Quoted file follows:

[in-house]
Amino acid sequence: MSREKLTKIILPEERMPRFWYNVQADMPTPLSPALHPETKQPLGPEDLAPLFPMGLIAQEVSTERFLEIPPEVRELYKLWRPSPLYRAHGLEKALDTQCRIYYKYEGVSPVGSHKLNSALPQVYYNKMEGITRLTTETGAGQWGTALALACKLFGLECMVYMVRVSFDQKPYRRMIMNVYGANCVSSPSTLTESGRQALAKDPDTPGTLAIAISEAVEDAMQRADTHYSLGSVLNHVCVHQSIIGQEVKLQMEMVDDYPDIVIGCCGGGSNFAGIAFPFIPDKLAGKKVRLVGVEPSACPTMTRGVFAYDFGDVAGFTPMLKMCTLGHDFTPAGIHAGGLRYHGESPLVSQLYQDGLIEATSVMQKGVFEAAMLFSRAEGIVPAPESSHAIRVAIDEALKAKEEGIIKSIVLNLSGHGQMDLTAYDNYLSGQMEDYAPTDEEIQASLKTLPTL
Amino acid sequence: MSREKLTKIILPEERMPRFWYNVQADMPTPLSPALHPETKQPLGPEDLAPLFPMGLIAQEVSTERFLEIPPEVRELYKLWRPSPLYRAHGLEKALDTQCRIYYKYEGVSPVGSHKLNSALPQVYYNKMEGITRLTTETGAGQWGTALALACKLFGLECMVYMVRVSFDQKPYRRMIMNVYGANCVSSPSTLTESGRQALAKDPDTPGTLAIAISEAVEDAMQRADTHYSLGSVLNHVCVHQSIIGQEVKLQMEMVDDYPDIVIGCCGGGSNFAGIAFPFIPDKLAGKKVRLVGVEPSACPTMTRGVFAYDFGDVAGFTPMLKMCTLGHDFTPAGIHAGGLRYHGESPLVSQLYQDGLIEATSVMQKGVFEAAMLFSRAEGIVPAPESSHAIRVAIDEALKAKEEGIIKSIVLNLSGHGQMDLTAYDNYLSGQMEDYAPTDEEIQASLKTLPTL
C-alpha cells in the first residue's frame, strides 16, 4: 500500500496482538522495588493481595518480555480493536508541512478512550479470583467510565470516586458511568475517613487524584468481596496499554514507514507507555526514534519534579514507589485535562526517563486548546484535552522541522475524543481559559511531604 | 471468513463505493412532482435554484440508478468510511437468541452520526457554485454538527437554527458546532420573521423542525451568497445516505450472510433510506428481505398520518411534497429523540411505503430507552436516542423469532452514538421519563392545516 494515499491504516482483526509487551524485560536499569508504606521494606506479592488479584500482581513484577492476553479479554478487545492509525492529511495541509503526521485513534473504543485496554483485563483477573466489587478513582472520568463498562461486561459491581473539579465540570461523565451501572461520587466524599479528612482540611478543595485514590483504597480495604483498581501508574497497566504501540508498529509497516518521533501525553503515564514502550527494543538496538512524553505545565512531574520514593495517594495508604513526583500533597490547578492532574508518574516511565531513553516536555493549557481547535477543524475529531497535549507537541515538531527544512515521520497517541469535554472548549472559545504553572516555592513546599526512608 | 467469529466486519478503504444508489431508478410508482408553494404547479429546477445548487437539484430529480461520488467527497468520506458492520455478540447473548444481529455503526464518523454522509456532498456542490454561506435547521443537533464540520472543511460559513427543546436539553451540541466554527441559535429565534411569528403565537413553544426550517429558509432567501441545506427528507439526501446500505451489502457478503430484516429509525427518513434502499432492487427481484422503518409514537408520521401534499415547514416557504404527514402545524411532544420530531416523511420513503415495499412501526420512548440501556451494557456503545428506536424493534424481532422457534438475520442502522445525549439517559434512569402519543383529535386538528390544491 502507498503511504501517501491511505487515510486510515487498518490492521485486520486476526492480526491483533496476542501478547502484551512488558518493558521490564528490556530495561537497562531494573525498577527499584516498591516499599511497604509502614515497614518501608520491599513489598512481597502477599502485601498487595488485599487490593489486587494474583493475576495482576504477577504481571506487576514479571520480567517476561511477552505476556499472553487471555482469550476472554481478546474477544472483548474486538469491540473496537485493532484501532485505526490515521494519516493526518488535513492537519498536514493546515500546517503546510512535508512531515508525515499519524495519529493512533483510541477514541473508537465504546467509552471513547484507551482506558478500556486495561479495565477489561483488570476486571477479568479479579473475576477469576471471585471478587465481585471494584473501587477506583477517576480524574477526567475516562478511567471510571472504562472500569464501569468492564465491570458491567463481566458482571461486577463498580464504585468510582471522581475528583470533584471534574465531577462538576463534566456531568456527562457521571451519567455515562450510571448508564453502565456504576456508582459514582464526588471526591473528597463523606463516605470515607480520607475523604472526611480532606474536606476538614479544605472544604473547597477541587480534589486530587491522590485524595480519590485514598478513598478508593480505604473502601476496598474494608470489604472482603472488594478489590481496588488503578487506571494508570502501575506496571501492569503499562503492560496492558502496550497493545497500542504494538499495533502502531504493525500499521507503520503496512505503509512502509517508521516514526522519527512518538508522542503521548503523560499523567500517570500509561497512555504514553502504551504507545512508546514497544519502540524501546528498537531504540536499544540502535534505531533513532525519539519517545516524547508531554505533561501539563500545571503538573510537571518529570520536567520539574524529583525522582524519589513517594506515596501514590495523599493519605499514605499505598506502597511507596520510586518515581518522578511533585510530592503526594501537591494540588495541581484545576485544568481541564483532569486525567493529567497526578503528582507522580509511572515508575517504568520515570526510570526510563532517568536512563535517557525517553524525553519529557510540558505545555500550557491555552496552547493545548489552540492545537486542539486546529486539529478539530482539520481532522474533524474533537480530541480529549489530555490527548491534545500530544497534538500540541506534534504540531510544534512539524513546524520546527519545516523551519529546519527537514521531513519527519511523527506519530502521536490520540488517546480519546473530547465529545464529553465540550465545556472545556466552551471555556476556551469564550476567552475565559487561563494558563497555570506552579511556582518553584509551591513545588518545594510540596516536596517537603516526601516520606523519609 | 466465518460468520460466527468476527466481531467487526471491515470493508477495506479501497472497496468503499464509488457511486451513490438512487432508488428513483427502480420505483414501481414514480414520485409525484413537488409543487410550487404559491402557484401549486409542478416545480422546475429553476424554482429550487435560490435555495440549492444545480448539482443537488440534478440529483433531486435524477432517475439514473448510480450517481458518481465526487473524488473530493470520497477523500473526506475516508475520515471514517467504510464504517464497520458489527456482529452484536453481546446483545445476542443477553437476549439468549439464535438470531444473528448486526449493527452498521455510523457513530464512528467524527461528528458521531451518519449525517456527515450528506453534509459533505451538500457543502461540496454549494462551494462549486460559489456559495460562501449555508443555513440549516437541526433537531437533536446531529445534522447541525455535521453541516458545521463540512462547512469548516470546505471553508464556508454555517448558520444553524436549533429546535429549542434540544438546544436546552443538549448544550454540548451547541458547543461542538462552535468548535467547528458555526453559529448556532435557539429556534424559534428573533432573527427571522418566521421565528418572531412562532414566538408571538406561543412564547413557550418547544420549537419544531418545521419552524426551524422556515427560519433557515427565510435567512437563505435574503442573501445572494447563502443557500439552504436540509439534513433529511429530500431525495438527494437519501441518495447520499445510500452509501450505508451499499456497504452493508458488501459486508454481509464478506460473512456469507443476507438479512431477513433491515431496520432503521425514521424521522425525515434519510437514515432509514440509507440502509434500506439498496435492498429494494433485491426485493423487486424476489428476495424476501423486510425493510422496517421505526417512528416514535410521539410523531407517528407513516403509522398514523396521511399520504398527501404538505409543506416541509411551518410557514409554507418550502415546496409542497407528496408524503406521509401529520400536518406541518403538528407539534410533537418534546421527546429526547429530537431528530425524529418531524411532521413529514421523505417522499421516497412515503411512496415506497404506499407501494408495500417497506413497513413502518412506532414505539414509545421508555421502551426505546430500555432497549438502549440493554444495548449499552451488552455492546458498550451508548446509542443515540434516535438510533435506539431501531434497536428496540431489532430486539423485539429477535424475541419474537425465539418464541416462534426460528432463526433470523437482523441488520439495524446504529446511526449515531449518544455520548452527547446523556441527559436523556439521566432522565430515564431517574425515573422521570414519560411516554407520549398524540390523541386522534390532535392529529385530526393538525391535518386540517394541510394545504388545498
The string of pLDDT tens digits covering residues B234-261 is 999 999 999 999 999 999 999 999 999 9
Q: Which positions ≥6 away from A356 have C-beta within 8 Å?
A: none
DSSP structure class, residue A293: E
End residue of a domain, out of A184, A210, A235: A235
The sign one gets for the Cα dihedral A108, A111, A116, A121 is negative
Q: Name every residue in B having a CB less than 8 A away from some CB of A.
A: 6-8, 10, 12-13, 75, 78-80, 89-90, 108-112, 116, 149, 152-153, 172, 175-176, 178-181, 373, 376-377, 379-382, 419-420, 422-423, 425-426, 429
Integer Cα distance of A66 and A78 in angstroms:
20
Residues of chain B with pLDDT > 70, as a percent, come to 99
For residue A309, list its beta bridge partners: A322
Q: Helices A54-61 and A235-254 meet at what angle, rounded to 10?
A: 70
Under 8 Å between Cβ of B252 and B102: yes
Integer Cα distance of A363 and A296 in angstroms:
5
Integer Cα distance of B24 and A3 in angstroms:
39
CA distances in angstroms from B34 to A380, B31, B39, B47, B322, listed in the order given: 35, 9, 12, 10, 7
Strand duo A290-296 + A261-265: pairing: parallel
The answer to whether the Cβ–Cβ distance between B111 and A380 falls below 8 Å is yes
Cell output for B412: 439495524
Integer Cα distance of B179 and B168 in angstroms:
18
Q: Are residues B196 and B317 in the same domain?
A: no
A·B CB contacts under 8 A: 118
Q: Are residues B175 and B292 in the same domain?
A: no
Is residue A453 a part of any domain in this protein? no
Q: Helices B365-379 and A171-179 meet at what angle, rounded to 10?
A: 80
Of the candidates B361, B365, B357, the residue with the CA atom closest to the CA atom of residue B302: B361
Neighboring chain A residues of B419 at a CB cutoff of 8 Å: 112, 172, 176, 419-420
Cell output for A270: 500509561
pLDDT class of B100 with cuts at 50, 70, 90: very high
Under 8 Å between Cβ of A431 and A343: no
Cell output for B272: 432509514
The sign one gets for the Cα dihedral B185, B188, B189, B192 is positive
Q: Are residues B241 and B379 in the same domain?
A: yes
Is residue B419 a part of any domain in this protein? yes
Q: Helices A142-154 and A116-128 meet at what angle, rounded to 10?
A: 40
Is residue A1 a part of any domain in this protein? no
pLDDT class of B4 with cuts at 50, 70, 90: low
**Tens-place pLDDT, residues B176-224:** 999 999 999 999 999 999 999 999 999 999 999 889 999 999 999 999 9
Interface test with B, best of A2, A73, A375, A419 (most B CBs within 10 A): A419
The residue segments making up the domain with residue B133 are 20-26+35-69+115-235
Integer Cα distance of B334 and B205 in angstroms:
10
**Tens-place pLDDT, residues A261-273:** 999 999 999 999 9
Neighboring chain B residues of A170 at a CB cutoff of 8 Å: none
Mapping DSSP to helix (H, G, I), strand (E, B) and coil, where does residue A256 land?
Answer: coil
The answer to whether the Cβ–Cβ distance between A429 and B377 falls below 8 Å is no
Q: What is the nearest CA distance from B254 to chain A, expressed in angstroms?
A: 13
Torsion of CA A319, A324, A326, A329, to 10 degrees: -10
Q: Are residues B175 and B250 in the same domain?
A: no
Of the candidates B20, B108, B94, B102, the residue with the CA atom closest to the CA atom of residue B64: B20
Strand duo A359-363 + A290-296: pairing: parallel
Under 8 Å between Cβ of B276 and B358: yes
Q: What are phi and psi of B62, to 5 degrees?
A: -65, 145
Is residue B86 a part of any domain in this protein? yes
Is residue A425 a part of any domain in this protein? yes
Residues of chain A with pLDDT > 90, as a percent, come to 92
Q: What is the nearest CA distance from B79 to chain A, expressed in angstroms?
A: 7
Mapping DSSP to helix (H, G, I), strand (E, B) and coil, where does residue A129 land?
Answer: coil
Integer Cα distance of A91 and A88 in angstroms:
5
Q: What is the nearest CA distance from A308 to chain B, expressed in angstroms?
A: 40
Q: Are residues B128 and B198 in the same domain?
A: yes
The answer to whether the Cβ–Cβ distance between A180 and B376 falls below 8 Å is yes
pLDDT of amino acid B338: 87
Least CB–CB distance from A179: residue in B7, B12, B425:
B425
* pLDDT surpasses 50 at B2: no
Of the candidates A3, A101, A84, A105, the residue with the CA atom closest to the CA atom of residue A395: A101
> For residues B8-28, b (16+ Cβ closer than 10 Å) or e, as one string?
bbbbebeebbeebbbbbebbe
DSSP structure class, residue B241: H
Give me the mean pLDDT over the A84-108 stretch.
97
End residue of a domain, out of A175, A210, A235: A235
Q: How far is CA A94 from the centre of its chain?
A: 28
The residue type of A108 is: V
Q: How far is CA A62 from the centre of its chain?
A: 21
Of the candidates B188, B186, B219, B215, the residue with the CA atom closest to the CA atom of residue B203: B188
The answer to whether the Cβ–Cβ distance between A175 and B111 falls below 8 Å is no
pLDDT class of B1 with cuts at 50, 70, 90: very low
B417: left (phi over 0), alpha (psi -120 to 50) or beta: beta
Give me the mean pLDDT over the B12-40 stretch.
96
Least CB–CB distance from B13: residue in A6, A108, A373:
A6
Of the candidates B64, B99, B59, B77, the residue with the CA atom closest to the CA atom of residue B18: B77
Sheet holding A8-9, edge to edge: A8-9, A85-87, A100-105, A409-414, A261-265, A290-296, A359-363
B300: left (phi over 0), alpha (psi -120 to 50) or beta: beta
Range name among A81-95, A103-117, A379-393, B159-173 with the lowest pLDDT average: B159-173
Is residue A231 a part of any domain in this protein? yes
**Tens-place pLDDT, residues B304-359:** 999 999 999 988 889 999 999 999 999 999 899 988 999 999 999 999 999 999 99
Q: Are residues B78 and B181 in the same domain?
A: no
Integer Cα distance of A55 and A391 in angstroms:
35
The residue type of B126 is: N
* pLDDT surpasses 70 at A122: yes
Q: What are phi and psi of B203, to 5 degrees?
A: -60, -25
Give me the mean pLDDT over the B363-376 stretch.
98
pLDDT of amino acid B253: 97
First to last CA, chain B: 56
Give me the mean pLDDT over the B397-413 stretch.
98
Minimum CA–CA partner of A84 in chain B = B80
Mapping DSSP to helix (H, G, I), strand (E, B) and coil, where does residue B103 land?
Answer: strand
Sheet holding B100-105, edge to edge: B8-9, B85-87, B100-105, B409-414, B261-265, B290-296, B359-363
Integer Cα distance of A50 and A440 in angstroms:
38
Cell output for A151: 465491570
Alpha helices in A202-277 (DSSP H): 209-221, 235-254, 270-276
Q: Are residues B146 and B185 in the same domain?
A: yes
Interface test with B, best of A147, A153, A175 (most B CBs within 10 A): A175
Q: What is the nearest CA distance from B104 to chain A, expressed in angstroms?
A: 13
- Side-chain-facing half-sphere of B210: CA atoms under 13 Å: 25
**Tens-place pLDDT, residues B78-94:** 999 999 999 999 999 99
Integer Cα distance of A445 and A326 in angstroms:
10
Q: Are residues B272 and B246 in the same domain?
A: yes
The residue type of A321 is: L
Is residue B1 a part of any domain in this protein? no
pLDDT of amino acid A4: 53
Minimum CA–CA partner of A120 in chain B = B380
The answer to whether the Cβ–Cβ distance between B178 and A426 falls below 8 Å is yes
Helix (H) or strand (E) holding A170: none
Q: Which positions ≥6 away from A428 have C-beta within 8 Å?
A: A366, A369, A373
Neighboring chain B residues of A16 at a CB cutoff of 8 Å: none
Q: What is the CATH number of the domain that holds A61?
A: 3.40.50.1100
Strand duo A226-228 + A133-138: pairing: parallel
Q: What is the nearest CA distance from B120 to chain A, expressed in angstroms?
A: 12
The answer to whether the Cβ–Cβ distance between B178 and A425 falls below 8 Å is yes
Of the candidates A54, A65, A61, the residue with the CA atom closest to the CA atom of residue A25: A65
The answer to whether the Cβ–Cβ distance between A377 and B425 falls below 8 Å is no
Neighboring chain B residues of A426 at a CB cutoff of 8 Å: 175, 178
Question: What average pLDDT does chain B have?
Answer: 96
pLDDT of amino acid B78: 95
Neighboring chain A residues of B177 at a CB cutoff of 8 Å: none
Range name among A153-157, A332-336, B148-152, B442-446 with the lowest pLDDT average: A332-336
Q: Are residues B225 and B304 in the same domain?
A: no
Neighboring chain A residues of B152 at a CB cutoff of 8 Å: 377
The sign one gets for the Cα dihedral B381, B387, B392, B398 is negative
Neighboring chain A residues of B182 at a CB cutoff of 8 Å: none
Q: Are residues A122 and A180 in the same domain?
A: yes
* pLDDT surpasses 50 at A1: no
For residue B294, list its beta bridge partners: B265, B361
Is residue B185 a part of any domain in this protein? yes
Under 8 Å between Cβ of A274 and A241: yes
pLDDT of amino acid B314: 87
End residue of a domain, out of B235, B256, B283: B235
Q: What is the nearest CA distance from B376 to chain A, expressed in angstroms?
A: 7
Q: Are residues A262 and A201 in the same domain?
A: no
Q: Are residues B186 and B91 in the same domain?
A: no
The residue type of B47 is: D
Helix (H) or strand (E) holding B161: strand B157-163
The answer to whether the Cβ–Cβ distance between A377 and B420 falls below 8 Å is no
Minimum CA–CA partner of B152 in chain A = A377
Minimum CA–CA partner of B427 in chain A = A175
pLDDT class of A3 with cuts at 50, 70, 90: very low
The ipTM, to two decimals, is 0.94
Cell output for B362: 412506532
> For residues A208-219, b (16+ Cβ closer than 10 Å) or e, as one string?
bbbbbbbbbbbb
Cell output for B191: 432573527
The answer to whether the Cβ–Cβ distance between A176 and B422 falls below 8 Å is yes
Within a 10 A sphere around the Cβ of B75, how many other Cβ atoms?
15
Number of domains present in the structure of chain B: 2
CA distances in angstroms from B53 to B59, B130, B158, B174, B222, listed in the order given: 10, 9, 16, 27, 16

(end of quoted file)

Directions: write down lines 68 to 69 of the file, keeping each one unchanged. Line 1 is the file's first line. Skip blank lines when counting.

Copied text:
Strand duo A359-363 + A290-296: pairing: parallel
Under 8 Å between Cβ of B276 and B358: yes